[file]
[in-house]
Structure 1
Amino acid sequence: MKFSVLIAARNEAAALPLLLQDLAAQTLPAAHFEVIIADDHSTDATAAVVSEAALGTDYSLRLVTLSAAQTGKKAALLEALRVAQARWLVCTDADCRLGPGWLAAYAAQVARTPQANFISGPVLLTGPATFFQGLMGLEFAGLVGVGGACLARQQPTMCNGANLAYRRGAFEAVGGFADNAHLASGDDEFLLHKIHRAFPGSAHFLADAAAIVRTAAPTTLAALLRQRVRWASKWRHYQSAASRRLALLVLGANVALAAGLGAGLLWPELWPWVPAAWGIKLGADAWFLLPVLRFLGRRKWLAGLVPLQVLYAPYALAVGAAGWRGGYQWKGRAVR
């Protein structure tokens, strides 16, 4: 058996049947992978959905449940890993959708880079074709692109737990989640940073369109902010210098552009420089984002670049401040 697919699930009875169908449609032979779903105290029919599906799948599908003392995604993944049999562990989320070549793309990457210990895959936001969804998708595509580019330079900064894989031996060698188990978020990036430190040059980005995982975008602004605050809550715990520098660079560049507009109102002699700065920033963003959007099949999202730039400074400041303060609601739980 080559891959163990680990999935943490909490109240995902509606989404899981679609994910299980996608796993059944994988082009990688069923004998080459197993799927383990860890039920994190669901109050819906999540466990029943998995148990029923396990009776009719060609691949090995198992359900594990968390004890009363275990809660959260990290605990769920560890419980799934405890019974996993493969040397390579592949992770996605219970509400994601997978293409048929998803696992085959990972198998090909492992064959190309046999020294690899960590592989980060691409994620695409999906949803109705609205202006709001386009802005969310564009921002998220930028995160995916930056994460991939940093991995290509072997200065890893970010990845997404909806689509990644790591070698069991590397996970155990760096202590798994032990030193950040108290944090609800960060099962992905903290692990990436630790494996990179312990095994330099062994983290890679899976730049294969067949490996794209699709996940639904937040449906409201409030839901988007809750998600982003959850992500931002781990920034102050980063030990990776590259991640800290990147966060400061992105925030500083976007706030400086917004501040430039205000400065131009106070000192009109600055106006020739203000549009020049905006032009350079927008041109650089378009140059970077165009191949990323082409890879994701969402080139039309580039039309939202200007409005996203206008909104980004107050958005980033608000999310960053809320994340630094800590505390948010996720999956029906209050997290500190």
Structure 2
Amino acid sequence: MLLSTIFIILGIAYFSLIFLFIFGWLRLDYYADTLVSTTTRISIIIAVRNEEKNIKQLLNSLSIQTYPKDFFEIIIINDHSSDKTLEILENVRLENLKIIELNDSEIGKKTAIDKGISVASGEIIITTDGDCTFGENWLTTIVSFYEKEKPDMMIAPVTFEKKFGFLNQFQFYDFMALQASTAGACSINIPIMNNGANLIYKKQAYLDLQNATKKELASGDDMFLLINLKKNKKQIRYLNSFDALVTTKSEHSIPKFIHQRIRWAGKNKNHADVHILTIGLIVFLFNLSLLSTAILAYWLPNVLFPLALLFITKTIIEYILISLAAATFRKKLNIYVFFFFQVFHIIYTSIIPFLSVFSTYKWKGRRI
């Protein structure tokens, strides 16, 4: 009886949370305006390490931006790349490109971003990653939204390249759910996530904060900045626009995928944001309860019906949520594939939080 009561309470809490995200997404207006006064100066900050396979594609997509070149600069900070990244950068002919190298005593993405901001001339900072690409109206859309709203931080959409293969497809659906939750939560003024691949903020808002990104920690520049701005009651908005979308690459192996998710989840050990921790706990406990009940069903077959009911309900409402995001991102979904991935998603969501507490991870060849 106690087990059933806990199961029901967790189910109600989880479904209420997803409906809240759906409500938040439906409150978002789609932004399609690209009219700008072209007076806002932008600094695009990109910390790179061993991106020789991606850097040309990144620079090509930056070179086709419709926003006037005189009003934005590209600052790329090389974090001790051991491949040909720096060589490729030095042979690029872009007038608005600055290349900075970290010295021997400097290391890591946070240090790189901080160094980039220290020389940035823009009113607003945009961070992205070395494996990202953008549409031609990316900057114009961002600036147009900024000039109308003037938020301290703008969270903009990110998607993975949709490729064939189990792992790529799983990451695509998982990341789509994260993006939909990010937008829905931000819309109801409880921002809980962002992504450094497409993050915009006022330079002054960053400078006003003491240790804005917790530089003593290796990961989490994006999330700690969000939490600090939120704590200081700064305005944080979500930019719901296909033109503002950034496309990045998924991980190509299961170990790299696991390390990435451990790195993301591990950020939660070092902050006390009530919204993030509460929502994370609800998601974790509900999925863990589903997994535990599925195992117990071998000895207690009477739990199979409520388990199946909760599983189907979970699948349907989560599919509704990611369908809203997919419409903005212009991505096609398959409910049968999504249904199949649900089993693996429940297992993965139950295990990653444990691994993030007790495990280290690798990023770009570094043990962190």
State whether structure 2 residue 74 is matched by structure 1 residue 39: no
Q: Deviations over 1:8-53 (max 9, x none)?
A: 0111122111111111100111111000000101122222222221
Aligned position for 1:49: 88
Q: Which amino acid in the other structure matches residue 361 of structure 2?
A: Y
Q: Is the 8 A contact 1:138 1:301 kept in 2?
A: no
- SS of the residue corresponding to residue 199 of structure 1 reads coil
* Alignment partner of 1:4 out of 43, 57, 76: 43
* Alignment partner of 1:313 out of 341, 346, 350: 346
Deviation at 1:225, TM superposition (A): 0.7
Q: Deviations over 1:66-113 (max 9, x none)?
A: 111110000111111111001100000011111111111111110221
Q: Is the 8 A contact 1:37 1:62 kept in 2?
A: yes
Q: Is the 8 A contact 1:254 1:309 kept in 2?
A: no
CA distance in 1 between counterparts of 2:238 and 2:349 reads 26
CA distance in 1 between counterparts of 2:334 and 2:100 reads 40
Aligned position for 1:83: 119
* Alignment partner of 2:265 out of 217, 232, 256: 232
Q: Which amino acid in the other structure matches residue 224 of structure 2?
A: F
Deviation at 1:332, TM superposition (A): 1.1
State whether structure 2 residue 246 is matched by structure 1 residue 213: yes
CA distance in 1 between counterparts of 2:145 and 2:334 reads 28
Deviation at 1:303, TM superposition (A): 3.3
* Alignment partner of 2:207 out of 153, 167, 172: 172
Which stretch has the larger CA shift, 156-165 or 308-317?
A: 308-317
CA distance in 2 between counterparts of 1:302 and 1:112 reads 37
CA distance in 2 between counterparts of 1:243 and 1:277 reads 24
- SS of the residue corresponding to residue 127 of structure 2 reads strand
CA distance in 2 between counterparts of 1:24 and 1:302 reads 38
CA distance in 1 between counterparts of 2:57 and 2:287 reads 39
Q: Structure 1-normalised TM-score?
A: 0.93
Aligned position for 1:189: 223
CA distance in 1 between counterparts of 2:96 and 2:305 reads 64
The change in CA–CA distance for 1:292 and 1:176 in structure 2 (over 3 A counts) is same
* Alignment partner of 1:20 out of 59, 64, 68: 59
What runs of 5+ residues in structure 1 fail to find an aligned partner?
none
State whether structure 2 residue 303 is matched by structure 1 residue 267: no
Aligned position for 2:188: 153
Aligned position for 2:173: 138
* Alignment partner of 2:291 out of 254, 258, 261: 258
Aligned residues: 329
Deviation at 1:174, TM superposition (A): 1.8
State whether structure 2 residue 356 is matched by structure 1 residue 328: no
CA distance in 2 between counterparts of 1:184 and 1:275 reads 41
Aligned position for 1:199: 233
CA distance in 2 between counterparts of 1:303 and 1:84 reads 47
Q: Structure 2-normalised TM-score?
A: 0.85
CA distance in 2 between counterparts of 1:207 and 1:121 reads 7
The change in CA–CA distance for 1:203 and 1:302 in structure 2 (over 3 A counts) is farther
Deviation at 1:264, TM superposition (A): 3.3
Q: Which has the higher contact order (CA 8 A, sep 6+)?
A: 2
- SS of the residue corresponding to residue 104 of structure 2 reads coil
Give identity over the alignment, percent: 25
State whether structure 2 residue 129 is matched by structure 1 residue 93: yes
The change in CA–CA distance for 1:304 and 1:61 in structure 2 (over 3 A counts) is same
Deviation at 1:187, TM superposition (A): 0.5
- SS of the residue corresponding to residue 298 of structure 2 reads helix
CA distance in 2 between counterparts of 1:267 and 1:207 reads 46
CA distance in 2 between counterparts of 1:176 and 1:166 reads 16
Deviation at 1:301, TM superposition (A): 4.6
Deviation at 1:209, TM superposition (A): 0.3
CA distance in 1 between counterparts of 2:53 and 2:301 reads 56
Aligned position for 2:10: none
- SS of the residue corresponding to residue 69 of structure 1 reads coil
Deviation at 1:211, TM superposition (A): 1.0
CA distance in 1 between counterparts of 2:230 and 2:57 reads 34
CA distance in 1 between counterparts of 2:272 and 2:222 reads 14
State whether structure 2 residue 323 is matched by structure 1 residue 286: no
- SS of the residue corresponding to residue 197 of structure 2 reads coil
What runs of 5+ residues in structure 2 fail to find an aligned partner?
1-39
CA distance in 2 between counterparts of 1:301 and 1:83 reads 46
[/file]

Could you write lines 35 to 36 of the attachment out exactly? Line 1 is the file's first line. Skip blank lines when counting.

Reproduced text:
Deviation at 1:303, TM superposition (A): 3.3
* Alignment partner of 2:207 out of 153, 167, 172: 172